From the CEO: 5 Questions CIOs Need to Answer
Bain's IT practice chief, Rudy Puryear, poses five questions that every CEO should ask their CIO right now. The answers won't be easy, but they are important for future success. Are you ready, IT leaders?
Fri, April 09, 2010
CIO — First contemplating the dire ramifications of 2008's Global Economic Meltdown was a serious gut check. Slicing and dicing the IT budget in 2009 just to get through the Great Recession was strenuous. And day to day life in the New Normal hasn't been much fun either.
There appears to be daylight ahead for businesses. So, now what?
According to Rudy Puryear, a partner at consultancy Bain and leader of its global IT practice, all that CEO-mandated cost-cutting in IT—"necessary for business survival," he says—is now poised to create an even bigger problem: Overspending on IT as companies rebound and respond to pent-up demand that could add more complexity to IT operations and further strain business-IT relations.
Part of the problem is attributable to lingering business-IT disconnects. "I believe there is a broken dialogue that exists between business and IT," Puryear says, "and they don't have a good language or taxonomy for talking."
To help kickstart a conversation—in this case an "intervention" from the CEO—Puryear offers five questions that CEOs need to ask their CIOs right now. And IT leaders better have good answers. Puryear says the intended outcome of the conversation is "critical for managing IT to win in the recovery."
1. Do we understand what we broke, and what is our plan to fix it? There were plenty of valid business reasons for all the IT slashing and burning. "But I've seen a lot of actions taken that were necessary of business survival that got awfully close to the edge and have done two things," Puryear says. "Those actions destroyed some assets that businesses had been building for years, and they introduced unacceptable business risk."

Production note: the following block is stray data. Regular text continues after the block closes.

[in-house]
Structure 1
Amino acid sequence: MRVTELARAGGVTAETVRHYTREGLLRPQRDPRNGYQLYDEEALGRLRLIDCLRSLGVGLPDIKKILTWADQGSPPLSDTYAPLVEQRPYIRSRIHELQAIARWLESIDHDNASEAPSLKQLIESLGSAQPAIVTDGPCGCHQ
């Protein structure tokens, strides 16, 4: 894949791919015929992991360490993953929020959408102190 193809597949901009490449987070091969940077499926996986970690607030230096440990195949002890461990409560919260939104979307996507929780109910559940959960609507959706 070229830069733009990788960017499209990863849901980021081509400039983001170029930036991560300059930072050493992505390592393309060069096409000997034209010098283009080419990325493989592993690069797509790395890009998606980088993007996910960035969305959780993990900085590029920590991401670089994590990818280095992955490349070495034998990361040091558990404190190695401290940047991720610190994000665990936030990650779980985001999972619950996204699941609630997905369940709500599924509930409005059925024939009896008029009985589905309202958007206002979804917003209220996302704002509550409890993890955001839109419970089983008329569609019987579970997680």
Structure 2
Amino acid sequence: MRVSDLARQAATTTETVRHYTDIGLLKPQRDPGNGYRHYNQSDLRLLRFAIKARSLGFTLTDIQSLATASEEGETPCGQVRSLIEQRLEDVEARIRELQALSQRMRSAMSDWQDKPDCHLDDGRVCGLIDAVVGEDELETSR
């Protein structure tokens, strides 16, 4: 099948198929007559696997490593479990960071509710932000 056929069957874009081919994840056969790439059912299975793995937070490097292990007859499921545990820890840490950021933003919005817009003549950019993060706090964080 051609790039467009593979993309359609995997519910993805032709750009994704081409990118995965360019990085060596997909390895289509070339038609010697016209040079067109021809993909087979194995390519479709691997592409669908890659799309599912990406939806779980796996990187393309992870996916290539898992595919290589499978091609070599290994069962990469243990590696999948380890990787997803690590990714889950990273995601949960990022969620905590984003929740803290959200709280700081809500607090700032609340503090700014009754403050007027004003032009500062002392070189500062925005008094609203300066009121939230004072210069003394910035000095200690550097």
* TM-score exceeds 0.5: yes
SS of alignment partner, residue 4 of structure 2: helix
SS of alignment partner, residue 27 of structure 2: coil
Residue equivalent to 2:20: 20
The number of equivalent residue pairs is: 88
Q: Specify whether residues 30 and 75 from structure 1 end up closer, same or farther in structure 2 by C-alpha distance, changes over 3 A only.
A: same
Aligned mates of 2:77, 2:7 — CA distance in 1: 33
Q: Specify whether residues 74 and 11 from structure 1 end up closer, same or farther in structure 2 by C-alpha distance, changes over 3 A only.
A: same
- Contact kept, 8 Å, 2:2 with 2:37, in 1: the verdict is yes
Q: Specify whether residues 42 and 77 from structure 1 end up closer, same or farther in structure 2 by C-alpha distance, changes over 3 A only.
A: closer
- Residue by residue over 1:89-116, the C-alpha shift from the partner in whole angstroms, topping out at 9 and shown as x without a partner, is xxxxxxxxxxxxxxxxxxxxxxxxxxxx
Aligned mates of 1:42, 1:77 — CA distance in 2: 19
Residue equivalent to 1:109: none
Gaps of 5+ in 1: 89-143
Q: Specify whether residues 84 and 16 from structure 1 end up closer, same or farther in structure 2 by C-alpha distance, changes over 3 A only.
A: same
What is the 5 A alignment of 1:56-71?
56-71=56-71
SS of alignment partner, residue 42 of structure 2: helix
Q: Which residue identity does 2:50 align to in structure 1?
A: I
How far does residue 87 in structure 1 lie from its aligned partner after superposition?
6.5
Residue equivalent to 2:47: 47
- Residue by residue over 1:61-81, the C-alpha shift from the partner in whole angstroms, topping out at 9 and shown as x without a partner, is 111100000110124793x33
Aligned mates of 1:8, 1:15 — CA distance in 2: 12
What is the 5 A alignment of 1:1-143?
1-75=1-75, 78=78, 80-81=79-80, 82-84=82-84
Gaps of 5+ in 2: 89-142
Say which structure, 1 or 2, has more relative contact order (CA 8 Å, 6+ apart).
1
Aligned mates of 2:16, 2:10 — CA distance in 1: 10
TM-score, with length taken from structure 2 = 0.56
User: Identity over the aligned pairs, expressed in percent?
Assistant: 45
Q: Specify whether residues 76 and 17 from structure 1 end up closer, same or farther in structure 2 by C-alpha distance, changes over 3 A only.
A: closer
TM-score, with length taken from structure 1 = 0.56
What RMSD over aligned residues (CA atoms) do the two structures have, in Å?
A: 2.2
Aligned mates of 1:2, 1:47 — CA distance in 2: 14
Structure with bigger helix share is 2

As an example, Puryear says a client of Bain's backed off their IT refresh policies during the downturn. It's one thing to do that with laptops (stretching their life for another six to 12 months), he says, but this client did it with their servers. "They recently took a look, and it was something like 32 percent of mission-critical apps were now running on servers that are not supported by a vendor anymore," he says. "In my view, it created unnecessary business risk."
The straightforward question to ask is this: What compromises did we make in the IT inventory and infrastructure that are no longer acceptable risks to the company now?
2. How do we get full potential from discretionary spending? Puryear posits this: At typical companies, approximately 80 percent to 90 percent of the IT budget is locked in to non-discretionary funding, i.e. "business as usual": running, operating, maintaining, supporting and adding minor enhancements to the existing environment. Conversely, just 5 percent to 20 percent is discretionary.
Therefore, it's critical that companies be extra careful and strategic in how they choose to spend that money in the discretionary bucket. That's because those purchases will "set in motion 10 to 20 years of downstream cost" once they move to the non-discretionary budget in year two, he says. By his calculations, those downstream expenses for IT investments can end up costing four to 10 times the original capital outlay in the future.
3. How will we drive unnecessary complexity out of IT? "Unnecessary IT complexity is, in fact, a critical business issue because companies continually add much more to the IT base than they ever take away," Puryear says. "We go into organizations all day long and see almost-retired apps—which, quite frankly, need to be turned off—sitting on almost-retired technologies that need to be decommissioned, and all that just adds to the complexity of the business environment."
The result is that cycle times in business and cycle times in IT are out of sync, he adds. For instance: A line of business wants a add a new product line to the mix and wants to do it in three months, and IT starts talking about completing it in six months or beyond. Puryear is quick to point out that it's not all IT's fault. "In some cases IT has done it to themselves," he says, "but an awful lot of it is because IT mirrors the unnecessary complexity that sits in the business."